Sierpinski curve


last updated: 2005-03-27

The Sierpinski curve is a base motif fractal where the base is a square. After subdivision in 3x3 equal squares the motif is to remove the middle square:

The curve is also known as the Sierpinski (universal plane) curve, Sierpinski square or the Sierpinski carpet.
It has named after the Polish mathematician Waclaw Sierpinski (1882-1969), but it was Stefan Mazurkiewicz who found the curve (in 1913).

The curve is the only plane locally connected one-dimensional continuum S such that the boundary of each complementary domain of S is a simple closed curve and no two of these complementary domain boundaries intersect.
In other words: the Sierpinski curve contains a topologically equivalent copy of any compact one-dimensional object in the plane.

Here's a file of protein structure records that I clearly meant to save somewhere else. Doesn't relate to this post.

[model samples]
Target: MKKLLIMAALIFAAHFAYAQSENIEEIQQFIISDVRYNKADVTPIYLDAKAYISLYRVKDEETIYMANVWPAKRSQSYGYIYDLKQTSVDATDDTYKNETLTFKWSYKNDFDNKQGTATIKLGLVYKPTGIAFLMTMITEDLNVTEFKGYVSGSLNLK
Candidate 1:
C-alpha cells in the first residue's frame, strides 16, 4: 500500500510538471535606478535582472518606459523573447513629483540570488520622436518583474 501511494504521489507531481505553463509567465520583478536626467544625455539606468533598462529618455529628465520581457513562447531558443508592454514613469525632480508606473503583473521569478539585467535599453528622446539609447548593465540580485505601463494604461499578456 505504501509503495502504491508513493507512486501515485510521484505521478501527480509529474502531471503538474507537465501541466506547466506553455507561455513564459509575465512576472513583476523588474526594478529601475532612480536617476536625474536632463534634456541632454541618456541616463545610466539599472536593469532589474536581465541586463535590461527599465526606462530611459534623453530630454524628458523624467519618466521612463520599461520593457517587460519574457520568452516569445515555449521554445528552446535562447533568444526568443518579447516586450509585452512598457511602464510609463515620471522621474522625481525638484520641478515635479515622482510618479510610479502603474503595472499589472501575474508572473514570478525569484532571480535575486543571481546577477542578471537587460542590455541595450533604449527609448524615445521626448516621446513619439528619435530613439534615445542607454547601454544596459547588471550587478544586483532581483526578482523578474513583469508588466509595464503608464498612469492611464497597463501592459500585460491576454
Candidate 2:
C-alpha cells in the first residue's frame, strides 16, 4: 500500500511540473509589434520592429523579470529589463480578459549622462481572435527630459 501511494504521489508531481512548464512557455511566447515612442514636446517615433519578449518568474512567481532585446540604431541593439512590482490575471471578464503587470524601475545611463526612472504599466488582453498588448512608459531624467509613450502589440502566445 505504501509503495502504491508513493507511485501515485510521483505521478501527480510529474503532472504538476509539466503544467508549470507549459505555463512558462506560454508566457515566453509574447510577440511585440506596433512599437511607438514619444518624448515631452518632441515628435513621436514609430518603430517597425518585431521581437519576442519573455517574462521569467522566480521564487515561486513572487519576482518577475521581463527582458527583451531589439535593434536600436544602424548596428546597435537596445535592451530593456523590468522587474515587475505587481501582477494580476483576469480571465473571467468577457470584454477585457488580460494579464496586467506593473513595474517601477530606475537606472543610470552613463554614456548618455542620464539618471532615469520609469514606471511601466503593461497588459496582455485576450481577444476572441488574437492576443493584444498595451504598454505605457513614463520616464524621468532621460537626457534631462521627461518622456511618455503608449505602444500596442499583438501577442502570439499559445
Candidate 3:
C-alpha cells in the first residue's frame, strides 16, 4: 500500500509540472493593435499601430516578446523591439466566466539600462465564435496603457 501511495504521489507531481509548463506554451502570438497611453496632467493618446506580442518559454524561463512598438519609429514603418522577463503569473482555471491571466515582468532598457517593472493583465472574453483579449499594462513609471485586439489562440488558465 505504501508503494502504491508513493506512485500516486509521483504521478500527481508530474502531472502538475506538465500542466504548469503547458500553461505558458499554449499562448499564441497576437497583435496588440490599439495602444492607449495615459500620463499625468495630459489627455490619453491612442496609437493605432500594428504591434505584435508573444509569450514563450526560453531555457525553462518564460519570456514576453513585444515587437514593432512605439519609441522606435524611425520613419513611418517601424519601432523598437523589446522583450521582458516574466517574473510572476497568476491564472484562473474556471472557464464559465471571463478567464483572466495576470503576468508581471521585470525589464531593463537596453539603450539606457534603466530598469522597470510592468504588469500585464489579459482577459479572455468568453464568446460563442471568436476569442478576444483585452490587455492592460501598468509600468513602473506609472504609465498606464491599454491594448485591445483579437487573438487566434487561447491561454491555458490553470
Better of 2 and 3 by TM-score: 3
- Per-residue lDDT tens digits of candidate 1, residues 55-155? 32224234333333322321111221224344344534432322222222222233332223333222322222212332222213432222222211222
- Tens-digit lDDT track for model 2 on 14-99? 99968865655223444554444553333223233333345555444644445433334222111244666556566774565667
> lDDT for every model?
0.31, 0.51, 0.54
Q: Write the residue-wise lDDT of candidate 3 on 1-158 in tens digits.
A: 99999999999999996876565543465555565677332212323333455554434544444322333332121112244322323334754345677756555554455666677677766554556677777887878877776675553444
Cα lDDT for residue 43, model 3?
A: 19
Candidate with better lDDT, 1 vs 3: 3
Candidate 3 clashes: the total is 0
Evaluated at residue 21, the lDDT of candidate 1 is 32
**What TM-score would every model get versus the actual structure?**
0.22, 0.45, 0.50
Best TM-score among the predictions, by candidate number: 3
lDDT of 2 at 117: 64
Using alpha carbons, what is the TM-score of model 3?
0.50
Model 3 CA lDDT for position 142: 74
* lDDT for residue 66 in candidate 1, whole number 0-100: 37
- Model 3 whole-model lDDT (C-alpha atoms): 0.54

The fractal dimension of the curve is equal to log 8/ log 3, i.e. about 1.8928 1).
The curve is a two-dimensional generalization of the Cantor set.

Some kind of shells (conus textilus, conus gloriatnatis) have patterns that resemble the Sierpinksi square.

Professor Gerda de Vries of the University of Alberta designed a quilt named ´Sierpinksi Meets Mondrian´, based on the Sierpinski curve. The quilt was made in 2002 in response to the Edmonton & District Quilters' Guild challenge to create a quilt in the theme ´Voices in Cloth´. It was made for the entry category ´A Picture is Worth a Thousand Words´.



1) Fractal dimension = log N / log e, where N is the number of line segments and e the magnification.
For the Sierpinski curve: N=8, e=3.